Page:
Father presented me, the puppet, to husband on his free will.

Husband couldn’t fulfil me as a woman.

Indra tricked me to satiate his desire, not mine.

Inept, impotent husband cursed me

with what right, oh, with what right,

to become a stone exactly at a moment

when I was satiated as a woman!

And now why do I need yet another man, you,oh Ram,

to touch me and cleanse me of my uncommitted sin?

                                                         (Sahu, 29)

 

Nandini problematizes the situation when woman has been considered as an attractive figurine and nothing more than that. In moments of rest, she is the beloved, otherwise she is an the object. The deep abyss of inequality between the male and female has been questioned by the poetess. Our country is debauched even today, despite we  talk so much about sexual parity, but our ideas about marriage and sex  are hypocritical. It is true that throughout the globe, only men have framed protocols about the ideals of chastity, purity, specifically about women. Regretfully these ideals are limited to woman’s body. Before marriage, It is prohibited. Later on, touch is permissible only by husband. Once she is married, then no person other than her husband should not come into picture in any condition. By religion, by formula, by social organization and finally by body systems, it is engrossed in our mind that marriage is only solution to transform the girl into a pure woman. Unless the girl is sanctified by marriage, she has to spend her life in infinite loneliness—or become a stone!  For thousands of years in Indian history or mythological works, poets have created strange inequalities between man and woman, while the poetess Nandini’s “Ahalya’s Waiting” gives the message about fundamental right of womanhood. Nandini's 'Ahalya' is a symbol of the woman who understands her body and mind, who respects herself, with conviction.  According to her, unless the lost souls of  women do not awaken in our country, no matter how hard you try, human civilization cannot be revived. She writes,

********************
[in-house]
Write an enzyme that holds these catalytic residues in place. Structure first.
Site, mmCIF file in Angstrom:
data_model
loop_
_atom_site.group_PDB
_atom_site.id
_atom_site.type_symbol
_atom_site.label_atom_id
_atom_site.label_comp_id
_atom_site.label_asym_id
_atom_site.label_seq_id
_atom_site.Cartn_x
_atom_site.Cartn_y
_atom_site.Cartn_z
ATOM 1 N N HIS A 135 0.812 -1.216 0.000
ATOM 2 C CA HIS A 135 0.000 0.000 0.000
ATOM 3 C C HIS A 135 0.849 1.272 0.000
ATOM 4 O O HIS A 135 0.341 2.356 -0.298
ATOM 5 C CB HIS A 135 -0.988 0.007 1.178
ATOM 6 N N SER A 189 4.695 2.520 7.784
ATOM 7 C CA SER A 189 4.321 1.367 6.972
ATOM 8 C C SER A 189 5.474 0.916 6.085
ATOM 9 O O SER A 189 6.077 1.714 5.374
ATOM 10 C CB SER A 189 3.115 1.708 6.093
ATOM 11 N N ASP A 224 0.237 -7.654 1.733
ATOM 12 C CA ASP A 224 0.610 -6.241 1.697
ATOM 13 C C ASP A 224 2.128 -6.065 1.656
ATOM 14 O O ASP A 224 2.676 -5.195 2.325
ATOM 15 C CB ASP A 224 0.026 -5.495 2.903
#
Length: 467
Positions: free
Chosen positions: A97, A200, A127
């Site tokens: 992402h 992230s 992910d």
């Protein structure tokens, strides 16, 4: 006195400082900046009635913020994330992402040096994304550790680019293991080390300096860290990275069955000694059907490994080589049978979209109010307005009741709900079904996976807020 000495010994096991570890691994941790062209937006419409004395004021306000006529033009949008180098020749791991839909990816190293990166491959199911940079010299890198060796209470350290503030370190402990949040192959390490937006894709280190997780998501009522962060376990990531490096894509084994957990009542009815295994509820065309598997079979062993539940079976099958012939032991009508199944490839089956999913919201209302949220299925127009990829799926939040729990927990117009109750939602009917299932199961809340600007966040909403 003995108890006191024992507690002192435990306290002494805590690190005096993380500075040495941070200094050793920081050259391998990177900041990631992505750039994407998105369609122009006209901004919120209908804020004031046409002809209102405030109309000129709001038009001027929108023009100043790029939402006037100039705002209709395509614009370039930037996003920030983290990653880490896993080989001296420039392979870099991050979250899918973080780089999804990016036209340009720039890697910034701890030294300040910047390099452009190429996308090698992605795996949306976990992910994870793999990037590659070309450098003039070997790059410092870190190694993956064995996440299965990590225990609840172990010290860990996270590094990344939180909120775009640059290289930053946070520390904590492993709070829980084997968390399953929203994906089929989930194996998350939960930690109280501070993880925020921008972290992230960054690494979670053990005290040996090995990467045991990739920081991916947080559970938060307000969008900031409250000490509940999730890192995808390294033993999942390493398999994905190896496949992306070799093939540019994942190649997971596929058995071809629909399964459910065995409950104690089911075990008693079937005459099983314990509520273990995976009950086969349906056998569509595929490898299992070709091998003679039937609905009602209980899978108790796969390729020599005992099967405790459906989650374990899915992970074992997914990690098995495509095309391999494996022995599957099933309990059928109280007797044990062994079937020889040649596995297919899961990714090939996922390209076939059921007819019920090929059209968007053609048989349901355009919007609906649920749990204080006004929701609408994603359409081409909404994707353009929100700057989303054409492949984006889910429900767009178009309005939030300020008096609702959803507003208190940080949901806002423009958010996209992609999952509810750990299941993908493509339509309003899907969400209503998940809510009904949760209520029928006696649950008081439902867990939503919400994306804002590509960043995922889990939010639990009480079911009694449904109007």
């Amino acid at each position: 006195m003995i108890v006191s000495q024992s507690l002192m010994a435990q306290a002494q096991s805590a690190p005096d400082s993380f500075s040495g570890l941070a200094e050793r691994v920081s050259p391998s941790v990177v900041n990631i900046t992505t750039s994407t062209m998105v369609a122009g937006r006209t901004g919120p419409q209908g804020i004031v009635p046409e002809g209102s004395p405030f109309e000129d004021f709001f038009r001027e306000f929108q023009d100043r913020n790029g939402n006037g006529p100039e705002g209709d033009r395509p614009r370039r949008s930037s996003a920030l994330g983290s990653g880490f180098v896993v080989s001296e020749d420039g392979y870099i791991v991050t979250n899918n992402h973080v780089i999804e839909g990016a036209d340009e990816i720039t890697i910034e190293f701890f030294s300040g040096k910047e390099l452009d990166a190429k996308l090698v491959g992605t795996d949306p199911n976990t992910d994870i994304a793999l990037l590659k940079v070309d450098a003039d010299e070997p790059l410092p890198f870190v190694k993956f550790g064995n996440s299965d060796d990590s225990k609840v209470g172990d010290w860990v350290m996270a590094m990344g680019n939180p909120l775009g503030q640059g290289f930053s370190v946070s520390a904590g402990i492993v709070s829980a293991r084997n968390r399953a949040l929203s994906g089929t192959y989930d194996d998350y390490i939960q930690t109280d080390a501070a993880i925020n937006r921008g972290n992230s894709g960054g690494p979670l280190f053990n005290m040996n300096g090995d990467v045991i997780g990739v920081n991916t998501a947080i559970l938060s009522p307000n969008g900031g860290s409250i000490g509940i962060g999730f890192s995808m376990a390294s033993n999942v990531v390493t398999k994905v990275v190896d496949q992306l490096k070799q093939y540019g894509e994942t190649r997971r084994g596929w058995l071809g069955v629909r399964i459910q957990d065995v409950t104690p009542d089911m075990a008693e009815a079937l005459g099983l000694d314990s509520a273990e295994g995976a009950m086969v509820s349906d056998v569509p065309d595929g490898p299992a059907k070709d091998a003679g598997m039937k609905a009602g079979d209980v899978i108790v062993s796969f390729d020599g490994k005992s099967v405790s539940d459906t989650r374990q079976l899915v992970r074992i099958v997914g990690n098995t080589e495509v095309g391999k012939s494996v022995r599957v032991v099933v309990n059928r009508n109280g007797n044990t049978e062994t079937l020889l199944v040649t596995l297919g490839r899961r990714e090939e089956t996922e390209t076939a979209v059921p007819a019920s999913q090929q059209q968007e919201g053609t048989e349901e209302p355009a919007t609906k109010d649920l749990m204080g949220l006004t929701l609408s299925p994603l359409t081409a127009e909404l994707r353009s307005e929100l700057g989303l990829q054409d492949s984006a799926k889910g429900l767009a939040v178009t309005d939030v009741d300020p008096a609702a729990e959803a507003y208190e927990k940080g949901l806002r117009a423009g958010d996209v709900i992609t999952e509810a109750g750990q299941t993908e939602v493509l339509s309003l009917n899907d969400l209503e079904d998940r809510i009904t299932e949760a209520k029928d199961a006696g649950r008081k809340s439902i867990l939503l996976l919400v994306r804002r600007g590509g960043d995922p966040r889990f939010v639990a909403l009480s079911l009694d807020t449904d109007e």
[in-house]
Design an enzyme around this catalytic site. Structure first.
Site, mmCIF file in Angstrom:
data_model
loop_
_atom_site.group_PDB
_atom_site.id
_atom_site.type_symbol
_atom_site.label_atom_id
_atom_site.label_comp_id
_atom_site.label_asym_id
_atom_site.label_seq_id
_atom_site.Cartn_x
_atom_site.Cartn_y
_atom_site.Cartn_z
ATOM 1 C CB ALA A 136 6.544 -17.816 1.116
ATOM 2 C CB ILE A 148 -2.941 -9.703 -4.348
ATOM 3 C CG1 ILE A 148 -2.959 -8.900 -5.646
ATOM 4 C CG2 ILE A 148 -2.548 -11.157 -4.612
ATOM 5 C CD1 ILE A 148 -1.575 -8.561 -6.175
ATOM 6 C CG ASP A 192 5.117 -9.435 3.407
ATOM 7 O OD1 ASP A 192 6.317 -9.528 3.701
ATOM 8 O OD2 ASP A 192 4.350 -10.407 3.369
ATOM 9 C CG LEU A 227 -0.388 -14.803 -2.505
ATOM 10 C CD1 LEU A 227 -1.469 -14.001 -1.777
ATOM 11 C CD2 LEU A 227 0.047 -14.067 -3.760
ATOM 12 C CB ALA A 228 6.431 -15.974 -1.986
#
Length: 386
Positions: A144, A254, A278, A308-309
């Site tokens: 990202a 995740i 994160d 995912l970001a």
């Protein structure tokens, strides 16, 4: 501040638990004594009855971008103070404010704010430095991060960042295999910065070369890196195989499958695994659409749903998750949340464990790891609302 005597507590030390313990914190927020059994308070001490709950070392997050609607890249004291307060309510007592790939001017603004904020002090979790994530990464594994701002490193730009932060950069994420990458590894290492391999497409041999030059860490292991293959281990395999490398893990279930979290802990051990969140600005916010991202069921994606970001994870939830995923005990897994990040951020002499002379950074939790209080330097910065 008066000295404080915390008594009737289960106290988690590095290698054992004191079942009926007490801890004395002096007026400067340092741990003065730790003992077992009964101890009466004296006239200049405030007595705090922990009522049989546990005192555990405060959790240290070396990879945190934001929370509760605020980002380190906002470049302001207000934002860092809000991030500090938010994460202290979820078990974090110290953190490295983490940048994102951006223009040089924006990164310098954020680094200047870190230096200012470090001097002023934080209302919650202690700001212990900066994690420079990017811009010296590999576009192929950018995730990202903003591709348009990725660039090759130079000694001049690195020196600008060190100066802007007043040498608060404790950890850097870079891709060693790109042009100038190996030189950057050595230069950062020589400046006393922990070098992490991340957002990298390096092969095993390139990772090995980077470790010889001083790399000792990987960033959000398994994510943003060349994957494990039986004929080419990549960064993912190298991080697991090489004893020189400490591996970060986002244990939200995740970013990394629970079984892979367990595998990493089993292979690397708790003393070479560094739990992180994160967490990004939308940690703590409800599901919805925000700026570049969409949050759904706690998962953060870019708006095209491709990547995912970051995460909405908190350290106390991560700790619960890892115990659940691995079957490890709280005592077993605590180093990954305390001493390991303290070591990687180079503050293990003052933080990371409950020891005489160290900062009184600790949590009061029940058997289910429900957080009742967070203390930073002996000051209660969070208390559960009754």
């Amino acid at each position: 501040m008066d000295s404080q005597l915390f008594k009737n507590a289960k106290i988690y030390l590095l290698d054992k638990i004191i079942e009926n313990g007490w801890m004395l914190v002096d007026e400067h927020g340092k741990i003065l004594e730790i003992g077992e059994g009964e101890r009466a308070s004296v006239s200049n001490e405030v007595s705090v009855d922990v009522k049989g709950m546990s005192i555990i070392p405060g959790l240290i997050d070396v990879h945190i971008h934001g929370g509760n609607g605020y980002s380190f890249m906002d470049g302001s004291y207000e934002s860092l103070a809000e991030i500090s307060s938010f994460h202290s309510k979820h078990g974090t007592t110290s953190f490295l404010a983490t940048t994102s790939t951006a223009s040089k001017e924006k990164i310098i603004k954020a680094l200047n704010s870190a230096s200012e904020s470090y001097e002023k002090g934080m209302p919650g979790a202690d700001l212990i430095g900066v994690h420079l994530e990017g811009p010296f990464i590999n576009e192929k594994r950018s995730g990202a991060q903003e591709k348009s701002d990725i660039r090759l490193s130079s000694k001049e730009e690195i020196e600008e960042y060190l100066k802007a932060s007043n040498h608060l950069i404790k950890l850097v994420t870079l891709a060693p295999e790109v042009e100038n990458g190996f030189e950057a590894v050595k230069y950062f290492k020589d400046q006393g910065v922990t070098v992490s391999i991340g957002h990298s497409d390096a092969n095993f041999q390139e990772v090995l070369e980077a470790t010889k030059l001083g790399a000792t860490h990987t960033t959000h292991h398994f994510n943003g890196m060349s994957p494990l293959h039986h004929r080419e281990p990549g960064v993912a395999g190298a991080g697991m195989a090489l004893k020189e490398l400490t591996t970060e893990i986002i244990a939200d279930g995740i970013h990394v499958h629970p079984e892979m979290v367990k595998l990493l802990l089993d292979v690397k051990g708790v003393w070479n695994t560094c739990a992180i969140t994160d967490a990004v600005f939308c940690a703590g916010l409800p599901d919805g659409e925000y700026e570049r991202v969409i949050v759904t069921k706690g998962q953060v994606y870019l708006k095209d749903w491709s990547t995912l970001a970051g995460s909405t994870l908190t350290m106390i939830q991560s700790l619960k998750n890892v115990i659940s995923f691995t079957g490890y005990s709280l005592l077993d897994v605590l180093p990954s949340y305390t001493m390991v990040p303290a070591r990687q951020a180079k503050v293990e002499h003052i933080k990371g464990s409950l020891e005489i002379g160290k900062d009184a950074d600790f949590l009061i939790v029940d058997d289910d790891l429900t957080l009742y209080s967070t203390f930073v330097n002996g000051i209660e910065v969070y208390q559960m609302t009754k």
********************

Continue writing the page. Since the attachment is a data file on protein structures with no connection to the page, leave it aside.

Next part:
My redemption lies not just in your touch